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D&D General Your first D&D experiences?

thomkt

Explorer
Late 70's, I was probably 7 or 8 and remember watching my older brother and his friends play. I remember that they had fallen from a boat and were arguing who was able swim with their armor on, don't remember much else.

It was a few years later, probably around 12 when I got to play for the first time. Looking back, it was a mess. The DM was the only person who had played before and we weren't allowed to see our character sheets (can't remember the reasoning) and he'd make fun of us for not knowing the rules. Looking back, it's surprising that I stuck with it, but I hooked.

Through DnD I met my very best friends in the world 30+ years ago when we were stationed together at 29 Palms. We still play regularly together. The past few years we've been doing a "survey" of different games systems - PbA, Strands of Fate, MAZES and a couple I can't remember the names of.
 

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Shiroiken

Legend
Watched the D&D cartoon growing up and played Zelda, Dragon Warrior, Final Fantasy and other RPGs before ever seeing an actual book. A friend borrowed the 1E PHB from his uncle and we spent a weekend trying to figure things out, but we really couldn't (the rules for the game are in the DMG).

My brother found a game and joined up, but refused to introduce me to the DM, since he didn't want me "tagging along." I decided to make my own rpg, using what I remembered and stuff from video games. I got two friends together and ran a small adventure, during which my brother's DM stopped by. He asked what we were doing, and unaware of who he was, I explained (badmouthing my brother along the way). He immediately invited me into his game, explaining to my brother that I'm going to play anyway, so I best learn how to play right. He saw my initiative in making an rpg, and ao shortly after I got into the game he apprenticed me to become a DM (this was common in 1E and OD&D, since the rules weren't available to the players).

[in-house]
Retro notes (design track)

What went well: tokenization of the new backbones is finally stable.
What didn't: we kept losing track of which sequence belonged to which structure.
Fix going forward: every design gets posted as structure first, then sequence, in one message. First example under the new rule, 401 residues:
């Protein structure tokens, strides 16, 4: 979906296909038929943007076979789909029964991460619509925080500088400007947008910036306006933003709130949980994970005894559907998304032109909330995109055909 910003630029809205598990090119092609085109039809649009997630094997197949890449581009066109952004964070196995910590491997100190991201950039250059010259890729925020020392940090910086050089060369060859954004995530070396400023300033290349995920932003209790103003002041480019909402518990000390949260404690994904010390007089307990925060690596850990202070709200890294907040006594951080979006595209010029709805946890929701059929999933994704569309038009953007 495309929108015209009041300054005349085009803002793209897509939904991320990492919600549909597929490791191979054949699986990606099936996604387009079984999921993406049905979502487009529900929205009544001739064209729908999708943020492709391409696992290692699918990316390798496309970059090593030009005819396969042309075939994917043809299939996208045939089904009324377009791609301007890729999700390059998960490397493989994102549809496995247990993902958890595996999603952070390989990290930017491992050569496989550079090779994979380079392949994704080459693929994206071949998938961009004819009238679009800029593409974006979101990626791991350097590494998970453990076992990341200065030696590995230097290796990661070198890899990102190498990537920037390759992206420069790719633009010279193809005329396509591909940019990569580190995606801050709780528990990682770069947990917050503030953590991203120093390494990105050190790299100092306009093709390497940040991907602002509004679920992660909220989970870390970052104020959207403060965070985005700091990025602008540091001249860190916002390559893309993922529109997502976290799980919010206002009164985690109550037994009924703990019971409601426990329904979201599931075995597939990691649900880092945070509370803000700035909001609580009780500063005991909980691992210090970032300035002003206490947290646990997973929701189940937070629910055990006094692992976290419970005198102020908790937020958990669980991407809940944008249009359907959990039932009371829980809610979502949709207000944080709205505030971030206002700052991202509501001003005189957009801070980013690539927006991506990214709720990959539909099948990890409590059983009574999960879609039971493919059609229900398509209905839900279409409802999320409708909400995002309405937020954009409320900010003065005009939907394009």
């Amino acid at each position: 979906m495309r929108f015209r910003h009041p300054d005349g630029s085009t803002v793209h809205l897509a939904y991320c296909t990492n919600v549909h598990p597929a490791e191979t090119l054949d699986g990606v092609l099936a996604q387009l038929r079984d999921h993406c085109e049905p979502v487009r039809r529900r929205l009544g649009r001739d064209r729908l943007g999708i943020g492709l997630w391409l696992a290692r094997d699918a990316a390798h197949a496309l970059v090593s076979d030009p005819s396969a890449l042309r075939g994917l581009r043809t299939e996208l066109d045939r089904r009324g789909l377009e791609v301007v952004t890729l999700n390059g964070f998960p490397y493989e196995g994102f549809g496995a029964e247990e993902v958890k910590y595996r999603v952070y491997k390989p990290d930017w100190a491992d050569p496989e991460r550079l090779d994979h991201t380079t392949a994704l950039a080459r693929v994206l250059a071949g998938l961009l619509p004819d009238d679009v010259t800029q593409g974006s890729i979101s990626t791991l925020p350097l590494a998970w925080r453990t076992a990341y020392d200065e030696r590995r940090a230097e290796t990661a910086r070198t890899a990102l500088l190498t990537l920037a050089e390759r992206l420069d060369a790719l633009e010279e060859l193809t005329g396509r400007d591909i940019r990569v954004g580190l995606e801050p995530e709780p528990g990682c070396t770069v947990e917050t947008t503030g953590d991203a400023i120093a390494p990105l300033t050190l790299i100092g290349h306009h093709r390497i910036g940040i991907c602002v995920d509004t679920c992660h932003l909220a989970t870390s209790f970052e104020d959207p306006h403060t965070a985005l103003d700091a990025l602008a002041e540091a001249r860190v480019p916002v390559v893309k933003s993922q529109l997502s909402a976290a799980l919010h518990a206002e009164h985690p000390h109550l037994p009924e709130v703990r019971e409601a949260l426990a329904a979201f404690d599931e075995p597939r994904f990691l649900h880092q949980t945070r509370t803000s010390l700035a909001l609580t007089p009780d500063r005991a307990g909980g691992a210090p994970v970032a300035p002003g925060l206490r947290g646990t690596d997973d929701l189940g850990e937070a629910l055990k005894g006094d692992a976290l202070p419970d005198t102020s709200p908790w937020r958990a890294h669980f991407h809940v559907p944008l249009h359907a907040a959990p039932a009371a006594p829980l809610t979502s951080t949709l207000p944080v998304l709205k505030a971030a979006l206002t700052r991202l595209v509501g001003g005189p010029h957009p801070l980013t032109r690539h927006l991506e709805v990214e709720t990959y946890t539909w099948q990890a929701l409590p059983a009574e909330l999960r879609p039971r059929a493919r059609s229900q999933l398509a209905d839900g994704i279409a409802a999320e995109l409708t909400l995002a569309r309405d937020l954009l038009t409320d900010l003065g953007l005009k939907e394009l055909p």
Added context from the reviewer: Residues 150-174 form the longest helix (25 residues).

GuyBoy

Hero
Late in 1976, I was 13 and a boy from the year above had got the white box set. He knew my friend quite well and asked us to play a game, which we did; a straight dungeon crawl which ended with my fighter, Aelric, and his M-U, Amroth, being killed by orcs after three sessions. Big thanks to DM Dave and friend Phil for getting me started.
For Xmas, I got the white boxed set myself and haven’t looked back.
Just as an aside, I started a D&D club at my school in 1977 and my grandson now attends the same school and tells me the club is still running for 9th grade and above. He’s in 7th grade and plans to join in two years.

D&D, along with friends, school and rugby, got me through a tough childhood and I’ll be forever thankful for all four.
 

Stormonu

Legend
One of the major news channels was having a segment on some kid who vanished into a pipe system under the school, who played a game called Dungeons and Dragons. Cue shot from I guess Gencon with 3D dungeons filled with monsters. I told my dad right then and there I wanted the game*. Got the Holmes set for Christmas, didn't understand a word of the rules (I was 9-10ish?) but got minis (a set of heroes and monsters) and started making maps to play out their adventures on. Roped in my friends and never looked back. Didn't start using the "real" rules until a couple years later (6th grade) with the Moldvay set, then picked up the AD&D 1E rules as an 8th grade graduation present.